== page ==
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Education for planning : the special circumstances in low income countries Viloria, Leandro A.

Abstract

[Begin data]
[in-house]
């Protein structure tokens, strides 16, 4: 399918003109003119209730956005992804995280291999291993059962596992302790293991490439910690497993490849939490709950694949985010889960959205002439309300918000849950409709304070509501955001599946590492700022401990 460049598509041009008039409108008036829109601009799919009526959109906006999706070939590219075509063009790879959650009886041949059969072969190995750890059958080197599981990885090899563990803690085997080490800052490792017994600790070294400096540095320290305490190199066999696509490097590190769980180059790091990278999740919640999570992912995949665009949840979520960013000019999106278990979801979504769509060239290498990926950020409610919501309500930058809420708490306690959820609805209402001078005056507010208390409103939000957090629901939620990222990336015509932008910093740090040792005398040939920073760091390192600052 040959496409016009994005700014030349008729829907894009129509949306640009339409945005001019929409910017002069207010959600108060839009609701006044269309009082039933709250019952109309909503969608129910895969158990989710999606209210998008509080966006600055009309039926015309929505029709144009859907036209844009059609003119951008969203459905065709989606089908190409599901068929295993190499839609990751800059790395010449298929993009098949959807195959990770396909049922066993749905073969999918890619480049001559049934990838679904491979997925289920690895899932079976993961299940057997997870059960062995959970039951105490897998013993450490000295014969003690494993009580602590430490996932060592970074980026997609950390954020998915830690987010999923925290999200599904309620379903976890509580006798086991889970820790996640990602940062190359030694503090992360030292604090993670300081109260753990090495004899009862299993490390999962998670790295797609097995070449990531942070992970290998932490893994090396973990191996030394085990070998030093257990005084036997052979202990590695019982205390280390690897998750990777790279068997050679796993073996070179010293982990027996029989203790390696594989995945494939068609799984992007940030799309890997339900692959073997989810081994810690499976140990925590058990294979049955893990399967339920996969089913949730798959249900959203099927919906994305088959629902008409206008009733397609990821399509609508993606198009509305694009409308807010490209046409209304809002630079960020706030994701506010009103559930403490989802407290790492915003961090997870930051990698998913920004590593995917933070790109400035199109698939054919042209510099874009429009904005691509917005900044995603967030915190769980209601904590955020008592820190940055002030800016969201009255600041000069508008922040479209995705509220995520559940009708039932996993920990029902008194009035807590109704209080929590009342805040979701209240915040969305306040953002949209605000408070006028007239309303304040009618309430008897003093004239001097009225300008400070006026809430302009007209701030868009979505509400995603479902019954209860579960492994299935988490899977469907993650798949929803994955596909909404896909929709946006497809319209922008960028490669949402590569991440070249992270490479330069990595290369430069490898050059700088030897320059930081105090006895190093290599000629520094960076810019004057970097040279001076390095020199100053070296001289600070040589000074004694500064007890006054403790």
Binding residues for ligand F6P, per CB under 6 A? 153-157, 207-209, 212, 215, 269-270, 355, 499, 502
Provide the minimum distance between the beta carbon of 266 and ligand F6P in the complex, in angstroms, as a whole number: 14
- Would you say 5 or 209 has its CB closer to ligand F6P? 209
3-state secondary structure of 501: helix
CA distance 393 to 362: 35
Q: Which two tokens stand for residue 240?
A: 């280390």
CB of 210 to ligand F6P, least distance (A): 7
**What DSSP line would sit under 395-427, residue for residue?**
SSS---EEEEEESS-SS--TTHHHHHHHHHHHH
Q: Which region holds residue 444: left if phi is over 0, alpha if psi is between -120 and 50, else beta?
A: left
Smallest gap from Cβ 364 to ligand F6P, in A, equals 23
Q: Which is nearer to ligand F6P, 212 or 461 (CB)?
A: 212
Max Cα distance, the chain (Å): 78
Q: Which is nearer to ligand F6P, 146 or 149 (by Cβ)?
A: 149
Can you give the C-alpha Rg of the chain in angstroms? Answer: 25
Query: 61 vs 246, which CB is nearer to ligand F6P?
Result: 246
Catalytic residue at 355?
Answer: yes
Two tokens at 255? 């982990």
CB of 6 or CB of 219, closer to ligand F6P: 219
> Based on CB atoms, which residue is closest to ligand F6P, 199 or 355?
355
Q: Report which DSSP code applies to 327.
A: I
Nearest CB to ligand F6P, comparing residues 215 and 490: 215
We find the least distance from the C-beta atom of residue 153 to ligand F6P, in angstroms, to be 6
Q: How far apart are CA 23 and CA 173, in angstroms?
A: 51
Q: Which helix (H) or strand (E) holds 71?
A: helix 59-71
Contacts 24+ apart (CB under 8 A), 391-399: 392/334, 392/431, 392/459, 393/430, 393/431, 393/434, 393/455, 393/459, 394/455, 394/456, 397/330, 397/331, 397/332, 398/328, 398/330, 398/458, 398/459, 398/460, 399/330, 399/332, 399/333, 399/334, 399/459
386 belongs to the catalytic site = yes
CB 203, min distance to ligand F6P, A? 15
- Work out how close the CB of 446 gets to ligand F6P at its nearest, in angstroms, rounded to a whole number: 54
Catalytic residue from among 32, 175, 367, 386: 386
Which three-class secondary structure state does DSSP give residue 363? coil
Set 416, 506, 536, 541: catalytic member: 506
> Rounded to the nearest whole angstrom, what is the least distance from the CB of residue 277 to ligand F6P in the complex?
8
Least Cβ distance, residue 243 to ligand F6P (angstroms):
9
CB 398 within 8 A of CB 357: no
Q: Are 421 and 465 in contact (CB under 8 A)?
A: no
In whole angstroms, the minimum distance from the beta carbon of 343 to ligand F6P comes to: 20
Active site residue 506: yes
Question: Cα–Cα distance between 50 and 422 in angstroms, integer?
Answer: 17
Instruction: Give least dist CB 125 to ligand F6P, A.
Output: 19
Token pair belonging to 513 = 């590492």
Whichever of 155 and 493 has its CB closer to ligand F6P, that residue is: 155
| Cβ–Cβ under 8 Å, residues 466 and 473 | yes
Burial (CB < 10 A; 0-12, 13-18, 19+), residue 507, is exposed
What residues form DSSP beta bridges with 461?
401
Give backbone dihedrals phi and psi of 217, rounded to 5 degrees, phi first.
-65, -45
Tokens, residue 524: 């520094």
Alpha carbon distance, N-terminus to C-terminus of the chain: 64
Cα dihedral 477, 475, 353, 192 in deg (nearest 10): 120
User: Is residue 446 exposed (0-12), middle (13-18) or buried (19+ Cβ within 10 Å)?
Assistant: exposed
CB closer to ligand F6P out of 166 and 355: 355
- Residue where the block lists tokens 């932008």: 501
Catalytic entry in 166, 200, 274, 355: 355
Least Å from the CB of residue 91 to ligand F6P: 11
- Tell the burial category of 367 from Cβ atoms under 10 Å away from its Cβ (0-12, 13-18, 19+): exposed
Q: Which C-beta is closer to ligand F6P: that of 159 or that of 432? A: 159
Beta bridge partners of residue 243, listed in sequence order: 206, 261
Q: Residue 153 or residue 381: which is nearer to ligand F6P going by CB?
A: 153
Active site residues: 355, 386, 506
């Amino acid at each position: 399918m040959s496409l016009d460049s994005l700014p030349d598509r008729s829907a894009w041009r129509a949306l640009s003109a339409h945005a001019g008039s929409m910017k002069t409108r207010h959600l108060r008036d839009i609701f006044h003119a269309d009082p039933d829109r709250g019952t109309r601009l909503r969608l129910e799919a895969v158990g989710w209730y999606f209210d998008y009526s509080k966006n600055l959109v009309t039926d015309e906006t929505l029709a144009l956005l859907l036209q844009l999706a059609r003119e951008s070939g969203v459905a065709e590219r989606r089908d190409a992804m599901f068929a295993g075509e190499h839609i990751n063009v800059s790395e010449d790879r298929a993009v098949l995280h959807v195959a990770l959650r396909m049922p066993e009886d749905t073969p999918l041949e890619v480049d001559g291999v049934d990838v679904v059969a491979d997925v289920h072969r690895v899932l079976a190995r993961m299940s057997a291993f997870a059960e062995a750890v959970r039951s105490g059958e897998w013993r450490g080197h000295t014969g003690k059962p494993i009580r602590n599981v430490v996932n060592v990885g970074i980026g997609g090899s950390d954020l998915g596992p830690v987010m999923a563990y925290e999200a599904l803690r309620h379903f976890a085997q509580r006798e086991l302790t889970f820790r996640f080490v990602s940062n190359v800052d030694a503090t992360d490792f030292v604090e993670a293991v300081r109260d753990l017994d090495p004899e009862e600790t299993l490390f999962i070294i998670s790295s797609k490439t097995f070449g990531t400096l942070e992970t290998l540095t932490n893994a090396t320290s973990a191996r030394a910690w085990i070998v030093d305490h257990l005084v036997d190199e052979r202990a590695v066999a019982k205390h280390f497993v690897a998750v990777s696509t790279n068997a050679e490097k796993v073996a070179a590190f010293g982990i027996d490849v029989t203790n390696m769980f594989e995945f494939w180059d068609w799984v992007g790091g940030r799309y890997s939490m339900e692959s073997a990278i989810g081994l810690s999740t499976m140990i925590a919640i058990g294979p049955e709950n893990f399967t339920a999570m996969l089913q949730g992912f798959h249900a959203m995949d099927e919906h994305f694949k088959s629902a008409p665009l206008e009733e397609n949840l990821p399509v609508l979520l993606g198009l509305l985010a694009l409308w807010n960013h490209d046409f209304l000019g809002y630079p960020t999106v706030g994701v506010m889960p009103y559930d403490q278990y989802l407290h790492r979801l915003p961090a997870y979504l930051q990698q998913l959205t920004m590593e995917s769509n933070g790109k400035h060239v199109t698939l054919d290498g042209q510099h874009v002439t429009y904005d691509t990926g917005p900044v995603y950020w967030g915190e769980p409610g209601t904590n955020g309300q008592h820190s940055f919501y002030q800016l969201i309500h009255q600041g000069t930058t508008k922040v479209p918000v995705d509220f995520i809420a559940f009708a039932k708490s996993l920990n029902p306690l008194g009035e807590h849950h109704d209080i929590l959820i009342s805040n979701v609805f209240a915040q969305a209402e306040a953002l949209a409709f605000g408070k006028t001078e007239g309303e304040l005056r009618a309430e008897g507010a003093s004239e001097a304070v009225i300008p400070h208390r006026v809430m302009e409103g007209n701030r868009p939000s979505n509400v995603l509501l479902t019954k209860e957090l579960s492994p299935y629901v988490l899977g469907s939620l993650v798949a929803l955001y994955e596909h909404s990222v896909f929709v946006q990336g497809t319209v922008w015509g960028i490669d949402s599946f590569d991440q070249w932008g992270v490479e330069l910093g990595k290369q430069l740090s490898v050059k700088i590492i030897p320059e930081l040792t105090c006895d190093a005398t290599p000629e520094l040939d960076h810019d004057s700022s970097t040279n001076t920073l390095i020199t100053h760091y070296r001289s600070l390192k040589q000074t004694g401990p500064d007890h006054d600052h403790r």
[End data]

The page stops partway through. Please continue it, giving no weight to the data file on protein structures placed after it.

This study deals with the problem of seeking logical strategies for establishing educational programs on community planning in various categories of poor countries. Its thesis is that education for community planning in poor countries, to be effective, must relate to the development process at all levels of government and to the educational system. Two assumptions have been made: (1) Each of the poor countries must evolve its own program of manpower education, in which community planning education is but a part, in the light of its social and economic goals; and (2) Education for community planning in a poor country must interlock with its social and economic planning process. Two steps have been employed to prove or disprove this thesis. Initially, a set of logical strategies for establishing an educational system in poor countries has been formulated. Three levels of development have been considered and an appropriate set of strategies have been designed for each. Then this construct has been tested through two case studies. The case studies cover Ghana and Indonesia. In Ghana, an attempt is being made to produce local planning assistants. On the other hand, a professional program with a focus on regional planning has been established in Indonesia. Both programs are pioneering efforts. Both programs have been initiated under United Nations technical assistance. Both programs have been aided by a North American university; Ghana by the University of British Columbia and Indonesia by Harvard University. Considering the level of development of both countries, this study finds both programs as too ambitious and therefore too premature. Based on this study's set of logical strategies, Ghana and Indonesia should have concentrated on the education of planning assistants. In the meantime, the positions of professional planners should be filled by expatriate personnel. At the same time, selected nationals should be sent abroad for professional education. With a firm foundation of a planning assistants course, its extension towards professional education could proceed in a logical manner as the country's level of development improves. To poor countries contemplating to establish planning educational systems, this study offers a set of guidelines. These guidelines consist of two parts. The first part provides a framework for approaching the formulation of an educational program on a comprehensive basis. The second part relates how the comprehensive approach may be realized. These guideline, hopefully, will be refined as others would conduct further studies on the experiences of the rest of the countries which have inaugurated planning educational programs.

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